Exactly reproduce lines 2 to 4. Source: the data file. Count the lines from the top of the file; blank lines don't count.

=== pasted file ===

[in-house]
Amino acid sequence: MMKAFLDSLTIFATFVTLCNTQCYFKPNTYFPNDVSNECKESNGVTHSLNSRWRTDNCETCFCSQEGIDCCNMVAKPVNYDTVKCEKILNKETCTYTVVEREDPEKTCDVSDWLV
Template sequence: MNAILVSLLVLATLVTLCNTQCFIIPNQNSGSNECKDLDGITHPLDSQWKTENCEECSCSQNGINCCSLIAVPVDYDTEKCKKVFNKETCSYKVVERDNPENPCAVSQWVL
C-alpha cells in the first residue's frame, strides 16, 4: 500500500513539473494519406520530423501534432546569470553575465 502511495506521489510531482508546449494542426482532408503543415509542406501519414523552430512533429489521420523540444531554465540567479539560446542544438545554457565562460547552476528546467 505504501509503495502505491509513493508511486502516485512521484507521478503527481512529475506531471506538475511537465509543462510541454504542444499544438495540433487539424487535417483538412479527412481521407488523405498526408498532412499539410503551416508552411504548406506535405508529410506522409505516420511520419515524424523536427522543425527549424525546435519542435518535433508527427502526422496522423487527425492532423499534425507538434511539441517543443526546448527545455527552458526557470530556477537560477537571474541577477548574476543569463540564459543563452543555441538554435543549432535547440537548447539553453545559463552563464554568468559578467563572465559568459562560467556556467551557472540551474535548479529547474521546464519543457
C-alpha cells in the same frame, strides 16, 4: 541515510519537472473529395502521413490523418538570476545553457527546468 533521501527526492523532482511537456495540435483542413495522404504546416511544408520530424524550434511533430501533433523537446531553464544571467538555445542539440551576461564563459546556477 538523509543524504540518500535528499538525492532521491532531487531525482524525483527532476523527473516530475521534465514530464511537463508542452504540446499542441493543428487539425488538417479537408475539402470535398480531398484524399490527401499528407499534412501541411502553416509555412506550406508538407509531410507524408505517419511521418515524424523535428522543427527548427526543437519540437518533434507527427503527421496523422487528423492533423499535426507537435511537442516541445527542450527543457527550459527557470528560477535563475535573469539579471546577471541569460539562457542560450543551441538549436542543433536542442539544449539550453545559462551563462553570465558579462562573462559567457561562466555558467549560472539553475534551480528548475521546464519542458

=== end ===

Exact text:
Amino acid sequence: MMKAFLDSLTIFATFVTLCNTQCYFKPNTYFPNDVSNECKESNGVTHSLNSRWRTDNCETCFCSQEGIDCCNMVAKPVNYDTVKCEKILNKETCTYTVVEREDPEKTCDVSDWLV
Template sequence: MNAILVSLLVLATLVTLCNTQCFIIPNQNSGSNECKDLDGITHPLDSQWKTENCEECSCSQNGINCCSLIAVPVDYDTEKCKKVFNKETCSYKVVERDNPENPCAVSQWVL
C-alpha cells in the first residue's frame, strides 16, 4: 500500500513539473494519406520530423501534432546569470553575465 502511495506521489510531482508546449494542426482532408503543415509542406501519414523552430512533429489521420523540444531554465540567479539560446542544438545554457565562460547552476528546467 505504501509503495502505491509513493508511486502516485512521484507521478503527481512529475506531471506538475511537465509543462510541454504542444499544438495540433487539424487535417483538412479527412481521407488523405498526408498532412499539410503551416508552411504548406506535405508529410506522409505516420511520419515524424523536427522543425527549424525546435519542435518535433508527427502526422496522423487527425492532423499534425507538434511539441517543443526546448527545455527552458526557470530556477537560477537571474541577477548574476543569463540564459543563452543555441538554435543549432535547440537548447539553453545559463552563464554568468559578467563572465559568459562560467556556467551557472540551474535548479529547474521546464519543457